Meet the Aussies on Forbes ‘Most Powerful Women’ list for 2023


Forbes has unveiled its annual list of the world’s most powerful women, featuring celebrities like Beyoncé and politicians like Kamala Harris. Meet the four Australians who made the cut.
Gina Rinehart is one of four Aussies that made Forbes’ Most Powerful Women list. Image source: Getty Images

The Most Powerful Women list analyses and ranks women based on four metrics: money, media, impact and spheres of influence. For corporate chiefs, Forbes says revenue, valuations and employee counts were critical, and media mentions and social reach were analysed for all.

“We’re not far enough there anywhere in the world yet,” billionaire philanthropist Melinda French Gates told Forbes. “It’s when you get women far enough into seats of power in multiple places in the world that things start to change.” You can read the full list here.

As for the Australians that made the list, it comes as no surprise that 69-year-old billionaire and Australia’s richest person, Gina Rinehart, makes the cut. Three other powerful Aussies made the list, too.

Gina Rinehart, #48

Pictured above, Rinehart has an estimated net worth of US$26.9 billion (AU$41.06 billion). Rinehart is the daughter of late iron-ore explorer Lang Hancock, and she rebuilt her father’s financially distressed company Hancock Prospecting, becoming executive chairwoman in 1992.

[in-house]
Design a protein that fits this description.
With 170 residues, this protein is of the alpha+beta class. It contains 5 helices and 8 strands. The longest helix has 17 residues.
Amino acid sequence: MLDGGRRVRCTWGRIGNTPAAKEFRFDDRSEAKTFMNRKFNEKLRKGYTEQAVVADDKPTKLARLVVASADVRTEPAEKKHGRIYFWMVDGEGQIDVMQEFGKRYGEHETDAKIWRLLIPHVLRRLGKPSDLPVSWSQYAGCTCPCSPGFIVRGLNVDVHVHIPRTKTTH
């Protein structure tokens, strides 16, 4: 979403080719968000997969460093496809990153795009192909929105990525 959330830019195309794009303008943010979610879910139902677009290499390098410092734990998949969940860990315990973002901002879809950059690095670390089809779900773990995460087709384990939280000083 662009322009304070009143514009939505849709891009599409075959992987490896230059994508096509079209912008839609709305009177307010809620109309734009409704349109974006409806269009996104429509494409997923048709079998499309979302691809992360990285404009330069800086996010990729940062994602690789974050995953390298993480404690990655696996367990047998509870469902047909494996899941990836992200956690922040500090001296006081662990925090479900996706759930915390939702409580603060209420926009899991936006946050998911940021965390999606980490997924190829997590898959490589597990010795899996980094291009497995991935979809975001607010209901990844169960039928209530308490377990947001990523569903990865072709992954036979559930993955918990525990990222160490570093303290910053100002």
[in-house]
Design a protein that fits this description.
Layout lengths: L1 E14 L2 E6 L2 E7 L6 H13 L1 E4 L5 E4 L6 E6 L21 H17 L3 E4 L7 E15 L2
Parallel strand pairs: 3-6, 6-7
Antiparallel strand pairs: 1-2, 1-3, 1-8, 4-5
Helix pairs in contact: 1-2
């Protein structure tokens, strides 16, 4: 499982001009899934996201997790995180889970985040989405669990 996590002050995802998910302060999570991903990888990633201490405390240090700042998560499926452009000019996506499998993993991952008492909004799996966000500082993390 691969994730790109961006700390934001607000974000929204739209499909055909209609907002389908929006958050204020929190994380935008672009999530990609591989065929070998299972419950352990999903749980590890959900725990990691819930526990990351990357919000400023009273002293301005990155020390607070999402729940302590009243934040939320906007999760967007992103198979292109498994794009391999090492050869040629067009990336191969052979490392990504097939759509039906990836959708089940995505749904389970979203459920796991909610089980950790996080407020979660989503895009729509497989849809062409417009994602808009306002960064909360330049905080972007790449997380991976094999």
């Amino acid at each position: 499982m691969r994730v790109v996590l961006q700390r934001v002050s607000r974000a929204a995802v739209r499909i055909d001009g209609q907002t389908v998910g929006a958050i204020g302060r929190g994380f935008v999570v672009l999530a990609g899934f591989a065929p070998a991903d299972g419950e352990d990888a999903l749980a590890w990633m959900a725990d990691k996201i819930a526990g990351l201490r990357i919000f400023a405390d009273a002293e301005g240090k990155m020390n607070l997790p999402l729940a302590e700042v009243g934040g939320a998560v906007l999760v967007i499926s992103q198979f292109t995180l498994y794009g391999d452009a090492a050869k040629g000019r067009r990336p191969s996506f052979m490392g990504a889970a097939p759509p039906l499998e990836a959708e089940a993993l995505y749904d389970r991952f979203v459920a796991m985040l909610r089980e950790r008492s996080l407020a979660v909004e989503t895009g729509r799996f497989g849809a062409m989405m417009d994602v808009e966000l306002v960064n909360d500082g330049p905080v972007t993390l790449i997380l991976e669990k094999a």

She’s also Australia’s second-largest cattle producer, and she’s made significant investments into rare earth.

Shemara Wikramanayake, #52

Wikramanayake was born in the UK, and raised between there and Sri Lanka before immigrating to Australia when she was 13. She joined Macquarie Group in 1987, and was appointed to CEO and managing director in 2018. It was estimated her salary was $16 million in 2021 and $23.7 million in 2022.

Robyn Denholm, #80
SHANGHAI, Nov. 5, 2019 — Robyn M. Denholm, Tesla’s chair of the board, attends the parallel session “Artificial Intelligence and Innovative Development” of the second Hongqiao International Economic Forum in Shanghai, east China, Nov. 5, 2019. (Photo by Yin Gang/Xinhua via Getty Images)

Denholm joined Tesla’s board as an independent director in 2014, and in 2018, took over from Elon Musk as chair. She’s also the operating partner of venture capital firm Blackbird Ventures, and the chair of the Technology Council of Australia.

Her family office also holds a 30% stake in the owner of men’s basketball team Sydney Kings.

Melanie Perkins, #89
LISBON , PORTUGAL – 5 November 2019; Melanie Perkins, Co-founder & CEO, Canva, on Centre Stage during the opening day of Web Summit 2019 at the Altice Arena in Lisbon, Portugal. (Photo By David Fitzgerald/Sportsfile for Web Summit via Getty Images)

Perkins is the CEO and co-founder of design software giant Canva. She owns an 18% stake in the business, and her personal net worth is estimated to be US$3.6 billion.

Look back on the week that was with hand-picked articles from Australia and around the world. Sign up to the Forbes Australia newsletter here or become a member here.

More from Forbes Australia